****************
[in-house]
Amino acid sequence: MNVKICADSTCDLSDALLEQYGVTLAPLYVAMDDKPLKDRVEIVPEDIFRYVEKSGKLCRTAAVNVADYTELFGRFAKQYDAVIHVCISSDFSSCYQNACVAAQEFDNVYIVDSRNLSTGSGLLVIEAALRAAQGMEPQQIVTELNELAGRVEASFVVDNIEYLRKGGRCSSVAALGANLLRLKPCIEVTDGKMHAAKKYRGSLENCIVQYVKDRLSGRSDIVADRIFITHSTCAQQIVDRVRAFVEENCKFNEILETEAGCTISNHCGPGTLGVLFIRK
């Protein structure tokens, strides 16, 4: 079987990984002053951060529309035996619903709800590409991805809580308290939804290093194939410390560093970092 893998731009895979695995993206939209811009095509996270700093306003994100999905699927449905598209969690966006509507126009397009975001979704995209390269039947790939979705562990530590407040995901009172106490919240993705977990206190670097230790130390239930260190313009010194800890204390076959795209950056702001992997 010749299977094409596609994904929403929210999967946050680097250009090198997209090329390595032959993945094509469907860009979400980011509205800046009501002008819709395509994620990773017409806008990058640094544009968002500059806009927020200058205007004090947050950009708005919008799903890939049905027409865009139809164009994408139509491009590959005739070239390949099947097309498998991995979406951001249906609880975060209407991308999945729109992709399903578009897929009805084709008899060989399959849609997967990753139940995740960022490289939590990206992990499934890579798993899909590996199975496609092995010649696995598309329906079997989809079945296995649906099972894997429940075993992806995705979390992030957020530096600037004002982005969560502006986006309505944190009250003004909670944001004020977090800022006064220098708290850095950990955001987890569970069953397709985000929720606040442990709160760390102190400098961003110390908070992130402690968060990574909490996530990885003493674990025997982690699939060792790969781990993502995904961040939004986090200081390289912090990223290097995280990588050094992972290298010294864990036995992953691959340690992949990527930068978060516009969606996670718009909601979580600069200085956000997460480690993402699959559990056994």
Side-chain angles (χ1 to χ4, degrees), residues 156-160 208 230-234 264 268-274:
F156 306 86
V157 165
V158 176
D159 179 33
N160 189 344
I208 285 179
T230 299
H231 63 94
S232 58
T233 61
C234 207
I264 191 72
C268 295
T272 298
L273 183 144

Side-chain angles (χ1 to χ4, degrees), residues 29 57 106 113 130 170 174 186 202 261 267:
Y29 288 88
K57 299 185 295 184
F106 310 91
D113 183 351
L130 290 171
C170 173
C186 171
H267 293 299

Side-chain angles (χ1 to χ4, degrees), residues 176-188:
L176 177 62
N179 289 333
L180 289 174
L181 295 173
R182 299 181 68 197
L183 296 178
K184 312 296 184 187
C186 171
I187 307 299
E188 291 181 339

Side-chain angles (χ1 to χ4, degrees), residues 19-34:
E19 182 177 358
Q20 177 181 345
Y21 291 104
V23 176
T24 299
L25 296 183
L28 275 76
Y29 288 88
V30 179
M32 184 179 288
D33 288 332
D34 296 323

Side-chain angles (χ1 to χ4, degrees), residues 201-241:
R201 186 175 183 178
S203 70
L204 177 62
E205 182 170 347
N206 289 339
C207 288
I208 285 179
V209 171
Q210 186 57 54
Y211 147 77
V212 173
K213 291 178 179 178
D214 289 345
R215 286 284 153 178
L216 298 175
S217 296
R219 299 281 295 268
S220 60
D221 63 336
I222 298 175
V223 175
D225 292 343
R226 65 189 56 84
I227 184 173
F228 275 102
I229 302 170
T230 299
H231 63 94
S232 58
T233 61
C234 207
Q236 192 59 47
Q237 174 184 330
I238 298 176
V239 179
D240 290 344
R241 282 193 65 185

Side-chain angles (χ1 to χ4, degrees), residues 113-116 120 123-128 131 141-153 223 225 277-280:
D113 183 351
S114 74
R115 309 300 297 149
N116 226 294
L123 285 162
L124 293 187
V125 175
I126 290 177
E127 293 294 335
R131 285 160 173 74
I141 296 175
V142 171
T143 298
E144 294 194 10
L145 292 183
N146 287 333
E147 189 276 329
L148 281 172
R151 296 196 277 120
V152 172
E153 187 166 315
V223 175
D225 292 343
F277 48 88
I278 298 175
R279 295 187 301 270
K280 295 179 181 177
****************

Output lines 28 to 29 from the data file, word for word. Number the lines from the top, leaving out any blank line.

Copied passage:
H267 293 299

Side-chain angles (χ1 to χ4, degrees), residues 176-188: